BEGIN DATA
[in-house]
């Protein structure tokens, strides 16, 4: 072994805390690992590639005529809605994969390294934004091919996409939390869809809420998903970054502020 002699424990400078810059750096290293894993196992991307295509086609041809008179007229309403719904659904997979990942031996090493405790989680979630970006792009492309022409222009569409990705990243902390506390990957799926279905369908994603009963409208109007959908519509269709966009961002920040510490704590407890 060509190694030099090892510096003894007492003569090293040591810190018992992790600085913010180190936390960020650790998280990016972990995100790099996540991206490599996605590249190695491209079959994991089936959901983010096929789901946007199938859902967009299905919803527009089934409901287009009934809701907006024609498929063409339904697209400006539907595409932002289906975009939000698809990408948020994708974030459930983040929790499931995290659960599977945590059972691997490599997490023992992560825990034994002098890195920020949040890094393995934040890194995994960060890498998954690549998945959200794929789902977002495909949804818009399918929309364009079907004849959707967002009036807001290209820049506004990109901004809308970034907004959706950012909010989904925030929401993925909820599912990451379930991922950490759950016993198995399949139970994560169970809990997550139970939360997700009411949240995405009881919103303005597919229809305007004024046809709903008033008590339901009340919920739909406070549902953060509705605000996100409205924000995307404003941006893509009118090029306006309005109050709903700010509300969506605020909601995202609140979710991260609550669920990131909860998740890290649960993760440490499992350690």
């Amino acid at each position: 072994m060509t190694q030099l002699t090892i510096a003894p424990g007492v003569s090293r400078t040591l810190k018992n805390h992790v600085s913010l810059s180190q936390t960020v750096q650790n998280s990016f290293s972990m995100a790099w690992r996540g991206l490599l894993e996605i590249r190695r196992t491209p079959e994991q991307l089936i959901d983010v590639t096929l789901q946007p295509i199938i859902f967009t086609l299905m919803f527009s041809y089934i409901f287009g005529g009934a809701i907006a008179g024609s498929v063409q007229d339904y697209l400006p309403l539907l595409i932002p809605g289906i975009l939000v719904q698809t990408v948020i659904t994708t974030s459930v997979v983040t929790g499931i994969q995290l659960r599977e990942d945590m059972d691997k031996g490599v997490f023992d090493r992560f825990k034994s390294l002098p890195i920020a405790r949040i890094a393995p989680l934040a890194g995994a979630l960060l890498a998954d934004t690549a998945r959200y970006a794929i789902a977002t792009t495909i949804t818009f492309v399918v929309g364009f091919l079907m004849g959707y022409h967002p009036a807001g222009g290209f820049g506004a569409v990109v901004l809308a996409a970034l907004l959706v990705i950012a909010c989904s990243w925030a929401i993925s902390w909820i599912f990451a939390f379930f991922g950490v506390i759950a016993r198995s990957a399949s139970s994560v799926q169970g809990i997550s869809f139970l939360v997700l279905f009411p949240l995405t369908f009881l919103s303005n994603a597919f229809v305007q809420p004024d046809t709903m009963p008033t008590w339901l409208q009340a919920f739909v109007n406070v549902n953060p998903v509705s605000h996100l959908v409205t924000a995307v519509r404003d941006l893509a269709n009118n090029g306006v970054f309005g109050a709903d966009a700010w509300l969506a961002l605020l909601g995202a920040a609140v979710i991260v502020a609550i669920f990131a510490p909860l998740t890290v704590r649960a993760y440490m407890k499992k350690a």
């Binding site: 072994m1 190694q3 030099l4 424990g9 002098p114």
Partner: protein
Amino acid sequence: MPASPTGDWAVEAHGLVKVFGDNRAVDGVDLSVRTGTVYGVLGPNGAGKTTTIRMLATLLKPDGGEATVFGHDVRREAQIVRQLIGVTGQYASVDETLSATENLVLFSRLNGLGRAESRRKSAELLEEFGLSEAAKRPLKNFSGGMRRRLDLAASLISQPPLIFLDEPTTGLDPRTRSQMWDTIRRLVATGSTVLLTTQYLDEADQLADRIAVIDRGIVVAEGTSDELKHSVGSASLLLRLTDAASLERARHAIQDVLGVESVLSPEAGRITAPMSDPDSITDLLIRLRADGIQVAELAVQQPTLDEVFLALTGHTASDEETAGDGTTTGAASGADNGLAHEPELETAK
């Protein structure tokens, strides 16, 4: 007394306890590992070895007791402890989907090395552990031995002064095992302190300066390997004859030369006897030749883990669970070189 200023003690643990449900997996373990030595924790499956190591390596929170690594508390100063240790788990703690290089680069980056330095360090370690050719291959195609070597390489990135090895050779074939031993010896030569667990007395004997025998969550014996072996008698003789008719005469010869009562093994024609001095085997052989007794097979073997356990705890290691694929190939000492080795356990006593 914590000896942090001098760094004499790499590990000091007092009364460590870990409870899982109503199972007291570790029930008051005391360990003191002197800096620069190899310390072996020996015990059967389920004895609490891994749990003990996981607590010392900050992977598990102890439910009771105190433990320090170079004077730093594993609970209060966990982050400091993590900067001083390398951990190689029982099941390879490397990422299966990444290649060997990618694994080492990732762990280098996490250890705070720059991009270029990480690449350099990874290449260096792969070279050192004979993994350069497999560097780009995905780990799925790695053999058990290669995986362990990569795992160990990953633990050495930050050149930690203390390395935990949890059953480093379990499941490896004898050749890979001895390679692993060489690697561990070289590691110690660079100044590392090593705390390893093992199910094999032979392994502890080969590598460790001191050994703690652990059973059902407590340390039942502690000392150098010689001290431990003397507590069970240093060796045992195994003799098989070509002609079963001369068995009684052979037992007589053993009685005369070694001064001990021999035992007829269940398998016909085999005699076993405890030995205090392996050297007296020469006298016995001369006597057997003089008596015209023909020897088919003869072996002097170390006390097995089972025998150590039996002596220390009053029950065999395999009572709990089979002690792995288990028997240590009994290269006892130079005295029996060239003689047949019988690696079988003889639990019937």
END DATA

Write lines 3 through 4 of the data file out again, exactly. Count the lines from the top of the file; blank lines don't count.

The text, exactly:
């Amino acid at each position: 072994m060509t190694q030099l002699t090892i510096a003894p424990g007492v003569s090293r400078t040591l810190k018992n805390h992790v600085s913010l810059s180190q936390t960020v750096q650790n998280s990016f290293s972990m995100a790099w690992r996540g991206l490599l894993e996605i590249r190695r196992t491209p079959e994991q991307l089936i959901d983010v590639t096929l789901q946007p295509i199938i859902f967009t086609l299905m919803f527009s041809y089934i409901f287009g005529g009934a809701i907006a008179g024609s498929v063409q007229d339904y697209l400006p309403l539907l595409i932002p809605g289906i975009l939000v719904q698809t990408v948020i659904t994708t974030s459930v997979v983040t929790g499931i994969q995290l659960r599977e990942d945590m059972d691997k031996g490599v997490f023992d090493r992560f825990k034994s390294l002098p890195i920020a405790r949040i890094a393995p989680l934040a890194g995994a979630l960060l890498a998954d934004t690549a998945r959200y970006a794929i789902a977002t792009t495909i949804t818009f492309v399918v929309g364009f091919l079907m004849g959707y022409h967002p009036a807001g222009g290209f820049g506004a569409v990109v901004l809308a996409a970034l907004l959706v990705i950012a909010c989904s990243w925030a929401i993925s902390w909820i599912f990451a939390f379930f991922g950490v506390i759950a016993r198995s990957a399949s139970s994560v799926q169970g809990i997550s869809f139970l939360v997700l279905f009411p949240l995405t369908f009881l919103s303005n994603a597919f229809v305007q809420p004024d046809t709903m009963p008033t008590w339901l409208q009340a919920f739909v109007n406070v549902n953060p998903v509705s605000h996100l959908v409205t924000a995307v519509r404003d941006l893509a269709n009118n090029g306006v970054f309005g109050a709903d966009a700010w509300l969506a961002l605020l909601g995202a920040a609140v979710i991260v502020a609550i669920f990131a510490p909860l998740t890290v704590r649960a993760y440490m407890k499992k350690a």
């Binding site: 072994m1 190694q3 030099l4 424990g9 002098p114």